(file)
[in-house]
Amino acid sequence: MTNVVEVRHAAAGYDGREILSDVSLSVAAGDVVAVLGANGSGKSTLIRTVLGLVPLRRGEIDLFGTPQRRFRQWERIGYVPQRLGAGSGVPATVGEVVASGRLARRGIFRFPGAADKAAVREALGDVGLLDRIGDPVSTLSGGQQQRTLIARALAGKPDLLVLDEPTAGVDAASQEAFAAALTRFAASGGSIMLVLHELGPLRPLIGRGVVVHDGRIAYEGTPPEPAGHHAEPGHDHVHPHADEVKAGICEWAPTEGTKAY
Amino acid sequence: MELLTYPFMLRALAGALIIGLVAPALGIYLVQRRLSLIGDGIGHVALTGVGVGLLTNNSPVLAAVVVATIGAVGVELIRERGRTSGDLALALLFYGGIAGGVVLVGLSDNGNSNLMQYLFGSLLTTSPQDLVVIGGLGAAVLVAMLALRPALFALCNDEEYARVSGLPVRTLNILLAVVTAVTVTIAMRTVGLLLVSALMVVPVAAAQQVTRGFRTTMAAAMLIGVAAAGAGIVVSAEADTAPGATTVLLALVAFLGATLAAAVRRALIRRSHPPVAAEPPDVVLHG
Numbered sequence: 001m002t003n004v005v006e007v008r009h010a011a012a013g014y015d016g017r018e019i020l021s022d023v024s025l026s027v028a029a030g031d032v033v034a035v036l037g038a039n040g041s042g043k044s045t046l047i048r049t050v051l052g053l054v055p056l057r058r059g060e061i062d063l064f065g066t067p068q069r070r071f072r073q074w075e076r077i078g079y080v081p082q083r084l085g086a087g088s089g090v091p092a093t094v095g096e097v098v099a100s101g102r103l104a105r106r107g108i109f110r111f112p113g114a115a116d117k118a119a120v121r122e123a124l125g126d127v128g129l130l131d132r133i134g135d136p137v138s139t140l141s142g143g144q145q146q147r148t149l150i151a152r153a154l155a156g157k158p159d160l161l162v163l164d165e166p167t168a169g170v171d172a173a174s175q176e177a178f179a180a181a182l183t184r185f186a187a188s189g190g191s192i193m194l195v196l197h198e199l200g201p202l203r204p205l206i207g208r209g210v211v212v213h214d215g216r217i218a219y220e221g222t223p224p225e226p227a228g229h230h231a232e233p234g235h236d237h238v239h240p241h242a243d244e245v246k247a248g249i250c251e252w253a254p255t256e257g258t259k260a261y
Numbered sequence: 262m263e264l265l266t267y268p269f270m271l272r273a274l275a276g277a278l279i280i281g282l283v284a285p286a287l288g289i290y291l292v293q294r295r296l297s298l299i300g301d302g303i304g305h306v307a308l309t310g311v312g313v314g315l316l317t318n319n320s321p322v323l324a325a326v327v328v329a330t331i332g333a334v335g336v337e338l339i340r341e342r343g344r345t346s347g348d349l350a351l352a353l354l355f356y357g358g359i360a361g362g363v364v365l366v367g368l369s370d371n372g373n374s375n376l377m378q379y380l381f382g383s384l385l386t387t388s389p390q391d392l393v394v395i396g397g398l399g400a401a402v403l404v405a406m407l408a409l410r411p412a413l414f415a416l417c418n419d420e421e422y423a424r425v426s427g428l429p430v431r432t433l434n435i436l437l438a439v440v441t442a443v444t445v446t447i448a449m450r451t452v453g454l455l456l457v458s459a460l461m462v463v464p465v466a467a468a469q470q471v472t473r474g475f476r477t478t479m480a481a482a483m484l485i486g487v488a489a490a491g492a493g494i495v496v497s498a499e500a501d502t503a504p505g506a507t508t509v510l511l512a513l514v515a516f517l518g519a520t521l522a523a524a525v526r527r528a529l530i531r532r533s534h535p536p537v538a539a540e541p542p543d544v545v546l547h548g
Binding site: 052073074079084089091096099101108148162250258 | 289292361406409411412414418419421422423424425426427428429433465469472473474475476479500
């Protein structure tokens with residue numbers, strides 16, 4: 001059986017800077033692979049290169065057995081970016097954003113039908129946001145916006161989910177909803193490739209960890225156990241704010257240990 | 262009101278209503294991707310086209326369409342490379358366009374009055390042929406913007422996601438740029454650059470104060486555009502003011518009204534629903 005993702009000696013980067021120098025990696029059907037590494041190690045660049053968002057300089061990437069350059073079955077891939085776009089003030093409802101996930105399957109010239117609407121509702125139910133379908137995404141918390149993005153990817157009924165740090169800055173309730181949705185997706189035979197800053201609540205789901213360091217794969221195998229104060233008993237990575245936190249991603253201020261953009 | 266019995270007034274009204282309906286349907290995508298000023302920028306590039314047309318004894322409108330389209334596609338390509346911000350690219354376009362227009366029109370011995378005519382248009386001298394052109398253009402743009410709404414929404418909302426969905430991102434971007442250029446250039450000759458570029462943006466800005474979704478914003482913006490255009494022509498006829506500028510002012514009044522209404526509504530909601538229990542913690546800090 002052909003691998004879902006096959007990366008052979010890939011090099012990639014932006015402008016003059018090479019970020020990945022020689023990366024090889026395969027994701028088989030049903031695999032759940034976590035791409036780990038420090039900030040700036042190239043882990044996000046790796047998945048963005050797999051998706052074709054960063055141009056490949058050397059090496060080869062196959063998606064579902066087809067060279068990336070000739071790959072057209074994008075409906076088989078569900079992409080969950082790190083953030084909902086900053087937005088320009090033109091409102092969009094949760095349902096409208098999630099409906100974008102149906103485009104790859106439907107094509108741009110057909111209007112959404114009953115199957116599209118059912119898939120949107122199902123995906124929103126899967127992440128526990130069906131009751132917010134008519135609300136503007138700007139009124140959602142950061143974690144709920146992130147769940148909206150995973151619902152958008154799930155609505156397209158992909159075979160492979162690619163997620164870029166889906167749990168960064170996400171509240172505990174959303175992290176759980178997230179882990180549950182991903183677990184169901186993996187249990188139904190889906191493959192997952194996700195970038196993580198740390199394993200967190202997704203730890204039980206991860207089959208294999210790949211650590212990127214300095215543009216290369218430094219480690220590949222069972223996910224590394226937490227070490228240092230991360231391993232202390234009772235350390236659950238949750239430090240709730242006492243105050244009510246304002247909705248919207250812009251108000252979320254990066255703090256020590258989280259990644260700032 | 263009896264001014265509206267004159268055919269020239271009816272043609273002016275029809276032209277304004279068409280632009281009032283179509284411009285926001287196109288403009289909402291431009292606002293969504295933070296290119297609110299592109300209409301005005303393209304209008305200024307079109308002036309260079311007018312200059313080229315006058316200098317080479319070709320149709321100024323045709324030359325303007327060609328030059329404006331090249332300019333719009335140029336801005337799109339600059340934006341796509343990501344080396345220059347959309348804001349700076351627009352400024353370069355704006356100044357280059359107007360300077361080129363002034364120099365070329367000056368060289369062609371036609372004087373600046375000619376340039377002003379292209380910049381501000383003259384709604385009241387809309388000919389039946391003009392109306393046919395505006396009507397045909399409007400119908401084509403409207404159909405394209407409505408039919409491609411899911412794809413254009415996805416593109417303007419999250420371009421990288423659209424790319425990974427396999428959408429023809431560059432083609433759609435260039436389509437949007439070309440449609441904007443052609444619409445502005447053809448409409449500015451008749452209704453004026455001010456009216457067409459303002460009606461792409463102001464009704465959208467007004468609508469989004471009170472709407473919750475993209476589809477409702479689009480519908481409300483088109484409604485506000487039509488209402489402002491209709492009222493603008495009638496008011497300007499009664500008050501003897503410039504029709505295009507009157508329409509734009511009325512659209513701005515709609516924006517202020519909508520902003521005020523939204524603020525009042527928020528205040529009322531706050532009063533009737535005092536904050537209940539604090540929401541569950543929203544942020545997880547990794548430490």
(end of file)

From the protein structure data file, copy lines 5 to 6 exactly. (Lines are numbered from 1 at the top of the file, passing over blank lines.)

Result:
Numbered sequence: 262m263e264l265l266t267y268p269f270m271l272r273a274l275a276g277a278l279i280i281g282l283v284a285p286a287l288g289i290y291l292v293q294r295r296l297s298l299i300g301d302g303i304g305h306v307a308l309t310g311v312g313v314g315l316l317t318n319n320s321p322v323l324a325a326v327v328v329a330t331i332g333a334v335g336v337e338l339i340r341e342r343g344r345t346s347g348d349l350a351l352a353l354l355f356y357g358g359i360a361g362g363v364v365l366v367g368l369s370d371n372g373n374s375n376l377m378q379y380l381f382g383s384l385l386t387t388s389p390q391d392l393v394v395i396g397g398l399g400a401a402v403l404v405a406m407l408a409l410r411p412a413l414f415a416l417c418n419d420e421e422y423a424r425v426s427g428l429p430v431r432t433l434n435i436l437l438a439v440v441t442a443v444t445v446t447i448a449m450r451t452v453g454l455l456l457v458s459a460l461m462v463v464p465v466a467a468a469q470q471v472t473r474g475f476r477t478t479m480a481a482a483m484l485i486g487v488a489a490a491g492a493g494i495v496v497s498a499e500a501d502t503a504p505g506a507t508t509v510l511l512a513l514v515a516f517l518g519a520t521l522a523a524a525v526r527r528a529l530i531r532r533s534h535p536p537v538a539a540e541p542p543d544v545v546l547h548g
Binding site: 052073074079084089091096099101108148162250258 | 289292361406409411412414418419421422423424425426427428429433465469472473474475476479500